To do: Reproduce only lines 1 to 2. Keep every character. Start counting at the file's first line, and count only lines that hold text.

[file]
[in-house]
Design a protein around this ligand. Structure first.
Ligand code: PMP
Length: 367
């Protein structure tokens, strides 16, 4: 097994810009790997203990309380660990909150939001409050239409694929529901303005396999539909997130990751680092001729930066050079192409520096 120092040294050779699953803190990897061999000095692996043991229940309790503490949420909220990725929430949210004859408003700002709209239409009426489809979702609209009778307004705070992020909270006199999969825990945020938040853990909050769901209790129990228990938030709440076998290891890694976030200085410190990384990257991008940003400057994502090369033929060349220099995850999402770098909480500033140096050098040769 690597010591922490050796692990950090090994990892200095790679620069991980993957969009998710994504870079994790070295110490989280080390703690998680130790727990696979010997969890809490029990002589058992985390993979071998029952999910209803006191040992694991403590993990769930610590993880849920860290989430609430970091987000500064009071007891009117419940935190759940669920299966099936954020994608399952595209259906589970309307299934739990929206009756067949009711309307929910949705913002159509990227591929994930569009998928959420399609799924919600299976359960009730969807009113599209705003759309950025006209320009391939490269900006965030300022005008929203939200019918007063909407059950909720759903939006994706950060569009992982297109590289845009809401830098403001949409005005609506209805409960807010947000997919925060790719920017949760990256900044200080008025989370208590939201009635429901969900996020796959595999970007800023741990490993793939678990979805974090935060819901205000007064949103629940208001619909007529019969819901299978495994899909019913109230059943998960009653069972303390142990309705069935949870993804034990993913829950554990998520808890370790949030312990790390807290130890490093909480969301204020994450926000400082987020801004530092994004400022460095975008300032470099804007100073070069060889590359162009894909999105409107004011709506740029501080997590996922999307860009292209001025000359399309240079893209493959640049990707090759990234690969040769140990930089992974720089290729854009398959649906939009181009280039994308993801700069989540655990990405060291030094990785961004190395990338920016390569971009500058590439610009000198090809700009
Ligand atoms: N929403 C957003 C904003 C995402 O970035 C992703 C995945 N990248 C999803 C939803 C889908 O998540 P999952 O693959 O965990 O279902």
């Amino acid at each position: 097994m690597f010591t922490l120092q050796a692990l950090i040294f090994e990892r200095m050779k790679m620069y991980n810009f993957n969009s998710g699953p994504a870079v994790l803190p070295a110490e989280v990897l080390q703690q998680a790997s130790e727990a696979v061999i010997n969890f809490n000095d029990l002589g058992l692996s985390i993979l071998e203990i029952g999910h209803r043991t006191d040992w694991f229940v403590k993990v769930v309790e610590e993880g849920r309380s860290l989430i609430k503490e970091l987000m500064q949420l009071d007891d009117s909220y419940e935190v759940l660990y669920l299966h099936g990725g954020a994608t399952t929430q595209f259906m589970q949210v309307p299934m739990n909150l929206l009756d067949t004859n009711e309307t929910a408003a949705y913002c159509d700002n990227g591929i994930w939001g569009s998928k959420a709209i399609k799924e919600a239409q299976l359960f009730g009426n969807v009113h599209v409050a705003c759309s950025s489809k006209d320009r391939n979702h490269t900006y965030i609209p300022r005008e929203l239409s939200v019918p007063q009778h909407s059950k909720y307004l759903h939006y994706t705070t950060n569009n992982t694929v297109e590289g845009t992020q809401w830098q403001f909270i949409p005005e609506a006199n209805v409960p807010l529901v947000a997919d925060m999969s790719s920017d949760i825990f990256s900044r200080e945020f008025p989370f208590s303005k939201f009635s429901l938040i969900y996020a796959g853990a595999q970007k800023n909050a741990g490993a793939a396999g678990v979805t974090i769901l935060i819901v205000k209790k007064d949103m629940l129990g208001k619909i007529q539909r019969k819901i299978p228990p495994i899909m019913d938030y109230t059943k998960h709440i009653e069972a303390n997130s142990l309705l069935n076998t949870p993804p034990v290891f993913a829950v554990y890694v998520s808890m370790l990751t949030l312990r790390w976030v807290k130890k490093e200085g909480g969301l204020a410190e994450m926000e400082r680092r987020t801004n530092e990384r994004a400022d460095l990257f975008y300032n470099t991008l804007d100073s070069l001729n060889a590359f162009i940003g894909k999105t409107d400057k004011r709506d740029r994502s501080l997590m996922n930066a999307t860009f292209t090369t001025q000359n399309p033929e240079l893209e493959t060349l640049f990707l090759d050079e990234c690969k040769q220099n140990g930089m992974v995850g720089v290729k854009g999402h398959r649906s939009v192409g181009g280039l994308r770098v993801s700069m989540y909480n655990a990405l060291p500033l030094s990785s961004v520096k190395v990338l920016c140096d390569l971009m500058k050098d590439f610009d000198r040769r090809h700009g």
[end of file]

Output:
[in-house]
Design a protein around this ligand. Structure first.